Tasermiut Fjord, Sermitsiaq region, Hermelnbjerg northwest pillar; Ketil region, Ulamertorssuaq, Moby Dick, ascent; and Nalumasortoq, Non C è Senza Tre, ascent. Between mid-June and mid- July eight Norwegians visited the Tasermiut Fjord in the yacht Sumithra. The two sailors, Rei- dar Gregersen and Audun Hetland, were making their last stop in a round-the-world voyage, which ended in late August back in Norway. The climbers, Bjarte Bø, Rune Halkjelsvik, Lars Hetland, Anders Mordal, Torkel Røysli, and I used the opportunity to explore the fjord.
Bø and Røysli left the boat in the Ketil region and climbed Non C è Due Senza Tre on Nalumasortoq and Moby Dick on Ulamertorssuaq. They thought that Non C è Senza Tre was a magnificent route but had doubts that the “first ascensionists” had really climbed as far as the actual summit. Their disbelief was based on the original topo, which is inconsistent with the rock at the top of the route.
The rest of us wanted to explore the unnamed valley south of the Sermitsiaq that leads to the eastern flanks of the Tininnertuup Qaqqat Group, where we made our main goal the northwest pillar of Hermelnbjerg. We had studied the pillar on the map and seen Erik Massih’s pictures of it taken from the valley [Massih visited this valley in 2002, making the first ascent of the northeast pillar of 1,725m Tininnertuup—Ed.], which gave us an indication of what to expect.
The approach to the start of the climb took us four hours. It was easy to avoid the worst dwarf birch jungle, a problem that can prove a big challenge in neighboring valleys. The worst obstacles were large boulder scree and some river crossings. However, the approach overall was a beautiful trek.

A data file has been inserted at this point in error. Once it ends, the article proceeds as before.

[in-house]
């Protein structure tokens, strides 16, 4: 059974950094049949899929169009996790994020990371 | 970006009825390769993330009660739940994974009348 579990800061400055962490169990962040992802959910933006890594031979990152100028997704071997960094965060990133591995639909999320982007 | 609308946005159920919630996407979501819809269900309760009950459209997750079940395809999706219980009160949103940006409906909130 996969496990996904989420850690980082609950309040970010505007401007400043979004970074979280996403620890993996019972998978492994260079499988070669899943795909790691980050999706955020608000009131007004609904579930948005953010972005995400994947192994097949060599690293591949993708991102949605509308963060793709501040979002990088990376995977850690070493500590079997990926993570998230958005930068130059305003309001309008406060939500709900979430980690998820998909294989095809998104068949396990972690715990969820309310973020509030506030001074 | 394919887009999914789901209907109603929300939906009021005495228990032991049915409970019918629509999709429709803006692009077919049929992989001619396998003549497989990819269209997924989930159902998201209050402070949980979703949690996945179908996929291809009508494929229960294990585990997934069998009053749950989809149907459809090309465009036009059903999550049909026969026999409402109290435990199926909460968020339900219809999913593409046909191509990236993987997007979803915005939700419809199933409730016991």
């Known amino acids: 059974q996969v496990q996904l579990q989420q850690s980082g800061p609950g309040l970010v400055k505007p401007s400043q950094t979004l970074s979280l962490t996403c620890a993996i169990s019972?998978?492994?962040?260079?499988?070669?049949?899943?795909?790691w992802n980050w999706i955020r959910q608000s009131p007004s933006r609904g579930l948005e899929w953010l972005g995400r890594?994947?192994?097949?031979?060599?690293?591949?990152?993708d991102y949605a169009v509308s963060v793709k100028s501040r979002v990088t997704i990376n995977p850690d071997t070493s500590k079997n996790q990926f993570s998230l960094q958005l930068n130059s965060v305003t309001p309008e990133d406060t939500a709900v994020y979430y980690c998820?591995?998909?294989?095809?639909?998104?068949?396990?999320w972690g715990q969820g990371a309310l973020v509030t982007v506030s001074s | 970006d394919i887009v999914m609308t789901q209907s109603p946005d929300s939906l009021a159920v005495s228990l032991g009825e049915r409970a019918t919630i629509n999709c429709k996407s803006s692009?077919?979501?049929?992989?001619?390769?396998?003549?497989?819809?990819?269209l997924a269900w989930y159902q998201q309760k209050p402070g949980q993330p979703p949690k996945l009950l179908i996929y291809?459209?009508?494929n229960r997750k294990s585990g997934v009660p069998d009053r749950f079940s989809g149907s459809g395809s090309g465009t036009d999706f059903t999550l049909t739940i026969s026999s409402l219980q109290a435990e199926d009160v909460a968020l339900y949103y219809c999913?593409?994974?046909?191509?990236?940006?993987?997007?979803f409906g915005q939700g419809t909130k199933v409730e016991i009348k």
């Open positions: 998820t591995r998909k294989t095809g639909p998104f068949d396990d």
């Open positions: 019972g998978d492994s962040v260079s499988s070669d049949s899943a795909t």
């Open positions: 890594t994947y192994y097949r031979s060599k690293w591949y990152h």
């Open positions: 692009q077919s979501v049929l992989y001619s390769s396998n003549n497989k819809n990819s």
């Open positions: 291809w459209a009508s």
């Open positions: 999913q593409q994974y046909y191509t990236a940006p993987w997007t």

The first four pitches of the climb ascended good rock on the right flank of the pillar, following big features on a clean slab. The next three pitches lay in a wet, dark, scary gully. Hauling sacks was hard work and dangerous, as the bags knocked off plenty of rocks. Once we left the gully the rock became much better. In general the granite is coarse and granular, which means it can be a little porous, but it is comparable with the granite on Ulamertorssuaq.
The remainder of the route followed dihedrals and chimneys, interspersed with slabby sections.
We wanted to free-climb as much as possible, but wet conditions and bad weather forced us to use aid in some sections. These were relatively easy, and I think the route will go free easily in good conditions.
Above the seventh pitch the flank of the pillar got increasingly steeper, until we reached the crest at the top of pitch 20. We followed the crest for another five or six pitches, until we got to the top of the pillar but we did not continue to the 1,912m summit of the Hermelnbjerg. [The main summit was first climbed in 1971, via the northeast ridge by two members of an Irish expedition. It is not clear that it has been reached again.]
Five rappels got us down to the snow slopes on the north side of the mountain. From here we slanted down to the plateau between Hermelnbjerg and spot height 1,339m on the map. Then we walked south, crossing a glacier, to regain our valley We called the route “Alle vil til himmelen, men ingen vil dø.” It is 26 pitches long and offers 1,300m of varied climbing at a grade of Norwegian 6+ and A2.
It took seven days to climb the route (with portaledges) and one day to descend. A normal free rack is fine, as long as it includes big cams. Although the weather was excellent for most of the climb, with sunshine and temperatures between 10-15°C, on the last two days we got first snow and a strong breeze, then heavy rain.
After a week resting and fishing, Hetland, Mordal, and I spent three days climbing Moby Dick on Ulamertorssuaq. We also made two free ascents of Mosquito Attack (seven pitches, 6b A0, Körner and Redder, 2000) on the west face of Little Ulamertorssuaq (a.k.a. The Pyramid). The grading of the route by the first ascensionists was very inconsistent, both on the climb and compared with other grades in the area. It was also bolted in a way that is not normal in our climbing ethic, with several bolts placed right next to perfect cracks.
Lars Nessa, Norway